- Wow. I don’t know if it was just because this was a world-premiere performance, but the energy and acting here was absolutely superb on all fronts.
- Giancarlo Esposito was given the chance to be both more loud/extroverted, and much more quiet/vulnerable than when he plays Gus on Breaking Bad. That guy has such control of his craft– such a pleasure to watch.
- The performance of the night, however, might actually go to Zach Grenier who plays a stroke victim with a troubled past. It would have been so easy for his character to become one-dimensional Eeyore-esque comedic relief, but the depth of his performance provided both levity and powerful weight to many of the themes in the show, including a distrust of miracles and the corrupting influence of money.
- Excellent pacing. Pauses were all in the right places. Lovely quiet scenes told mountains about the characters in them (and in later scenes, wordlessly forged a connection between them)
- Characters played off each other with genuine conflict– I had empathy for all involved in this as they all felt like the protagonists in their own way.
- As soon as I realized the main couple was an interracial marriage I was dreading some over-wrought commentary on it. Race actually had really nothing to do with the story (despite three minority cast members), and I appreciated that. There were plenty of ‘hot topics’ in the play that would have been easy to zoom in on to the point where you can virtually hear the writer shouting their political stance from the characters’ mouths, but that was never the case here.
- The metaphor was super heavy-handed, but I loved a scene where two guys eat a gingerbread house while discussing foreclosure. Delicious.
- Last scene could have been a disaster– all the characters in a tight space talking for what felt like about half an hour with almost no pauses. A real tight rope, but it was pulled off flawlessly, bouncing between humor, sadness, tension, insight, and emotional reversals. Masterful.
- Favorite lines all came from the husband: “I’m a secular Jew. I don’t know what that is, but there’s a lot of us!” and “My doctor just died. He told me I would die and now he’s dead. You know what I call that? Justice.”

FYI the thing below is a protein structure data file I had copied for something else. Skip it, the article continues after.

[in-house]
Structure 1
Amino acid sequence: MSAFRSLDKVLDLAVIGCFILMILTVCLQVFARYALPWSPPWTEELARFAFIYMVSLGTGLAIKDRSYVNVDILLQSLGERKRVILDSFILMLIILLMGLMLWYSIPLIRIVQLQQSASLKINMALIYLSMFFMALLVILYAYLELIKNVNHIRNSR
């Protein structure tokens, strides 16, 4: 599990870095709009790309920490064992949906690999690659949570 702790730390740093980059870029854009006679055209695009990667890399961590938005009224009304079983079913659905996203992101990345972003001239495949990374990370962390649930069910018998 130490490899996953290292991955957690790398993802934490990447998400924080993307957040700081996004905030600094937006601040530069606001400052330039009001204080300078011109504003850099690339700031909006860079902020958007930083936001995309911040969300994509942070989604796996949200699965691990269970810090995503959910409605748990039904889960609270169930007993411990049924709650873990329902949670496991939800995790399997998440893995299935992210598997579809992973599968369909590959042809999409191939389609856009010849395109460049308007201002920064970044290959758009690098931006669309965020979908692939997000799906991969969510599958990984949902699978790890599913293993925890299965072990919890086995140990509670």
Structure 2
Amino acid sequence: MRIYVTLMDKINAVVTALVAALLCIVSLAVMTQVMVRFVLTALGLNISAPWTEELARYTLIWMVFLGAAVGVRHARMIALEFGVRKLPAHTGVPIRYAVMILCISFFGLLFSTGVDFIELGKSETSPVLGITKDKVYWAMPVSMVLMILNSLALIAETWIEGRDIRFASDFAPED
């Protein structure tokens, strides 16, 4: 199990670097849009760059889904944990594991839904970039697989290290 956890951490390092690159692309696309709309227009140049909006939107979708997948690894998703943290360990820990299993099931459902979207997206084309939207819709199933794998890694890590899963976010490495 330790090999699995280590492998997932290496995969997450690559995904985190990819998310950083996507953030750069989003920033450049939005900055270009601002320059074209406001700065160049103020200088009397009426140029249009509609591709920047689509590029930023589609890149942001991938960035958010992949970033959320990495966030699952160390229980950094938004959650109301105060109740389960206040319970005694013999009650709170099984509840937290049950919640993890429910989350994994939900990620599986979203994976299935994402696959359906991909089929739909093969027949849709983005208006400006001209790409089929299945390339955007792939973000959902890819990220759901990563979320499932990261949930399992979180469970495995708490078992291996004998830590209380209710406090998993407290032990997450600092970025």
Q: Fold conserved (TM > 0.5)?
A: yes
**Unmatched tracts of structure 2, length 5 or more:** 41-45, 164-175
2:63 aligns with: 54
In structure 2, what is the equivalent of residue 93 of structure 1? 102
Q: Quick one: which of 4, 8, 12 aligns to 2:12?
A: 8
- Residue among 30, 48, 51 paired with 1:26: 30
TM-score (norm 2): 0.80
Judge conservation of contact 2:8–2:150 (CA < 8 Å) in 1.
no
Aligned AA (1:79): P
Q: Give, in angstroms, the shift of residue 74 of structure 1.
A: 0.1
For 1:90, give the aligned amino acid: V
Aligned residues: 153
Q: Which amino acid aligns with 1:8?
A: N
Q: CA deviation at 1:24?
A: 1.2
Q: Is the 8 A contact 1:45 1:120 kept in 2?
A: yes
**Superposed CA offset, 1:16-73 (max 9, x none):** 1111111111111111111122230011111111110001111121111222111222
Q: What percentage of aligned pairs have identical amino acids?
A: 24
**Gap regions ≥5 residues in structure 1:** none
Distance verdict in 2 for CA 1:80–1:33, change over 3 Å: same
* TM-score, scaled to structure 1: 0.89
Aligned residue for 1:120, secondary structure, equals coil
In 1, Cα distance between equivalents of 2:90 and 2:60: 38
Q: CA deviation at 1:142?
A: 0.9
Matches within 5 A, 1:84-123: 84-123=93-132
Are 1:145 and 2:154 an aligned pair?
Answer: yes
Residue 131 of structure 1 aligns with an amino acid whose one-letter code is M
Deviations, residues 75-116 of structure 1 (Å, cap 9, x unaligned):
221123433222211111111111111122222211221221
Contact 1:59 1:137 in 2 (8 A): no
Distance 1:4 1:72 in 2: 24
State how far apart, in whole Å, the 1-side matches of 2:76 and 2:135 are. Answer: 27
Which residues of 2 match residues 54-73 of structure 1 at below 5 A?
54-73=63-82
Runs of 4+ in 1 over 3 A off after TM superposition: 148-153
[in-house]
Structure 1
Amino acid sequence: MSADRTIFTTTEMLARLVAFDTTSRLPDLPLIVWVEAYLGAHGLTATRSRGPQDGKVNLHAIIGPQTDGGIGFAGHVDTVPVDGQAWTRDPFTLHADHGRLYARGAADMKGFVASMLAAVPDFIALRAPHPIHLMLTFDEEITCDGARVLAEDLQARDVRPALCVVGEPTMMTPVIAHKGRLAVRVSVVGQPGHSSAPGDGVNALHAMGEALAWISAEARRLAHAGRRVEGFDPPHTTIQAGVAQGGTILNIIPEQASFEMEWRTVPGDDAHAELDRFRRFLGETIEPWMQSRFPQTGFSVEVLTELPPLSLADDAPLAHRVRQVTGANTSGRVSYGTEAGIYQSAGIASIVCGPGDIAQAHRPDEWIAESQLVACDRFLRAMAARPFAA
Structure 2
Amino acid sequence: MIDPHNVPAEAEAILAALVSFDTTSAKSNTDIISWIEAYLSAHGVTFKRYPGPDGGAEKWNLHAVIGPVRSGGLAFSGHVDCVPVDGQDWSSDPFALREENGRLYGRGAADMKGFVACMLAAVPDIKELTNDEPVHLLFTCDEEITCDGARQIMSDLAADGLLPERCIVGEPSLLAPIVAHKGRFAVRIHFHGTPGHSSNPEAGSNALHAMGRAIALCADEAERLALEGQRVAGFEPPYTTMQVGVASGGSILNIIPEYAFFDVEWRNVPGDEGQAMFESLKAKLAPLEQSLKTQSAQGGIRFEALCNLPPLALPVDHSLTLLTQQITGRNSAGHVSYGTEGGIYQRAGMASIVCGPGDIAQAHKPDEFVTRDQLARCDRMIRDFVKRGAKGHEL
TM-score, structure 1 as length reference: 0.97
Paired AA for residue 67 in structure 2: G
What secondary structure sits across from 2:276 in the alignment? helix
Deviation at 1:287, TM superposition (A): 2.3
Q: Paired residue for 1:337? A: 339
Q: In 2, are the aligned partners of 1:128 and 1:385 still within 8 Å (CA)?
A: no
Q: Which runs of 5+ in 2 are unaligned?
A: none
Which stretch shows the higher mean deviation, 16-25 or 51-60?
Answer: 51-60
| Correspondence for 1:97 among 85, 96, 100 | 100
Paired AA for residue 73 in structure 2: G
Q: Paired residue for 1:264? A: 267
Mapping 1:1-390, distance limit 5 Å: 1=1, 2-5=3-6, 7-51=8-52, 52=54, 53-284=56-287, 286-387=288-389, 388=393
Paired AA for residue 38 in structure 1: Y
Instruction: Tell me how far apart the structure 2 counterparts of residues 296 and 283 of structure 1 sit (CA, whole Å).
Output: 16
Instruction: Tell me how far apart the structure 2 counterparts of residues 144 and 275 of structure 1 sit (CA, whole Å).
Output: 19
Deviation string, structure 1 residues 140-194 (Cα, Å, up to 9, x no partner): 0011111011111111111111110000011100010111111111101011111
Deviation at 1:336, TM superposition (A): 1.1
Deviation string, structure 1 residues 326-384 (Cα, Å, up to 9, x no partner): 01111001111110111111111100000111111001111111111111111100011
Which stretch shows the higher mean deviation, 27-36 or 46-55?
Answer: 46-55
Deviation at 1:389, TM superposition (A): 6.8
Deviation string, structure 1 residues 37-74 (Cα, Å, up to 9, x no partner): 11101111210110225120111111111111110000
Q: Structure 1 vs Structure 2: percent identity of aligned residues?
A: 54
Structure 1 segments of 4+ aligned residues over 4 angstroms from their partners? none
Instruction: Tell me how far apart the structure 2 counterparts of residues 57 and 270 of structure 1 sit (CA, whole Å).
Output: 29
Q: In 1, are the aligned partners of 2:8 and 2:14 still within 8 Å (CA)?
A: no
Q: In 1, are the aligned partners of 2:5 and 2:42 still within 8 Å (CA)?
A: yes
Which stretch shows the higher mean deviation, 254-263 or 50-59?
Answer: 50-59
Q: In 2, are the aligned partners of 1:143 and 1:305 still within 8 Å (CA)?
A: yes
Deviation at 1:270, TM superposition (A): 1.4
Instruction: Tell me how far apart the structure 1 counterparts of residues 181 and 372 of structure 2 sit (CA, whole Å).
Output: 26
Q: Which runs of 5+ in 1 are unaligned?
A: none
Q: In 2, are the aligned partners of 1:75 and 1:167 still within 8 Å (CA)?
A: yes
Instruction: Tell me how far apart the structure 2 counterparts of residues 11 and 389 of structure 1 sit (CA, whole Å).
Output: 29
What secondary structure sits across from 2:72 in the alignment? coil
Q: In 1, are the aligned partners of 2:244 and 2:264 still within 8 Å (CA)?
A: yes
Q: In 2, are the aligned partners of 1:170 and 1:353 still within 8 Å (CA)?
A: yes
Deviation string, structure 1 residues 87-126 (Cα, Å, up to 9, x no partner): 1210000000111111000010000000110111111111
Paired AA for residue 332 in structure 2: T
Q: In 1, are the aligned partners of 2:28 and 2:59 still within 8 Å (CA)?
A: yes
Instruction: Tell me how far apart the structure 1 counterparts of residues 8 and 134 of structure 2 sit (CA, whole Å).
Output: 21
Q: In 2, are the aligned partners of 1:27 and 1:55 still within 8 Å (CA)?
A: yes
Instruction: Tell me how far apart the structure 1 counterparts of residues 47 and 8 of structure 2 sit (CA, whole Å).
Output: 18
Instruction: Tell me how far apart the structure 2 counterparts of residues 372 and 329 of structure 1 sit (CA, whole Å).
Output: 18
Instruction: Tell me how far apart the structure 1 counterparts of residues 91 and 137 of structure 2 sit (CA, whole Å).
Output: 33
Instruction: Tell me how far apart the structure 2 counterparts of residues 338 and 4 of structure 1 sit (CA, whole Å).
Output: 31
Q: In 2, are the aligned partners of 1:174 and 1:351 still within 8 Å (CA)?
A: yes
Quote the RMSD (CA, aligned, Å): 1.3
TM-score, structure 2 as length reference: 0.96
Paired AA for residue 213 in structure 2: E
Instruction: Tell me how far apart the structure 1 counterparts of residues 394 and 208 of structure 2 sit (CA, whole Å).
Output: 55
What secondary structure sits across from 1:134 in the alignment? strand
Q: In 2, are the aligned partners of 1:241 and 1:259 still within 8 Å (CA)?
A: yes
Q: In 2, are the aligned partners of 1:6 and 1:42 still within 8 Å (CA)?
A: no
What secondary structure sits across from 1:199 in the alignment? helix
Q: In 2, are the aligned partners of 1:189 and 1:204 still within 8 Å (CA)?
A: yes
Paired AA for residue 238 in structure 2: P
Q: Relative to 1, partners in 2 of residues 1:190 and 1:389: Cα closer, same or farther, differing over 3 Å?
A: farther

- distracting snowflakes kept falling the entire show from the catwalk (mistake)
- ending wanted to end on a cathartic note… instead it was just a pensive note.
- while it was super well-acted and scripted, it didn’t quite rock my world. New York Theatre is still too safe for me.
Tales from the Stagedoor…
- Giancarlo Esposito is a great big ball of enthusiasm and energy. Lots of hugs and kisses to people he knew, and genuine kindness and gratefulness toward people he didn’t know (like me). When he told me stories, he put his hand on my shoulder; very mentor-like. He’s so busy now between this, Once Upon a Time, and the new JJ Abrams/Jon Favreau show Revolution. On the downlow– he has one week of free time in the coming months and it will likely be devoted to filming some Breaking Bad flashbacks.
- Zach Grenier was very low-key and dismissive of his remarkable performance. Poor guy deserves to have his career skyrocket the way Mr. Esposito’s is. Surprisingly, I got a bashful laugh out of him when I said I loved him in Fight Club.
- John Patrick Shanley is super smiley. And has a really young wife/girlfriend(?) He was happy with the premiere. We talked about pacing and how impressive it was that the last scene came together so well. He said “it was a real bitch to write.” No kidding.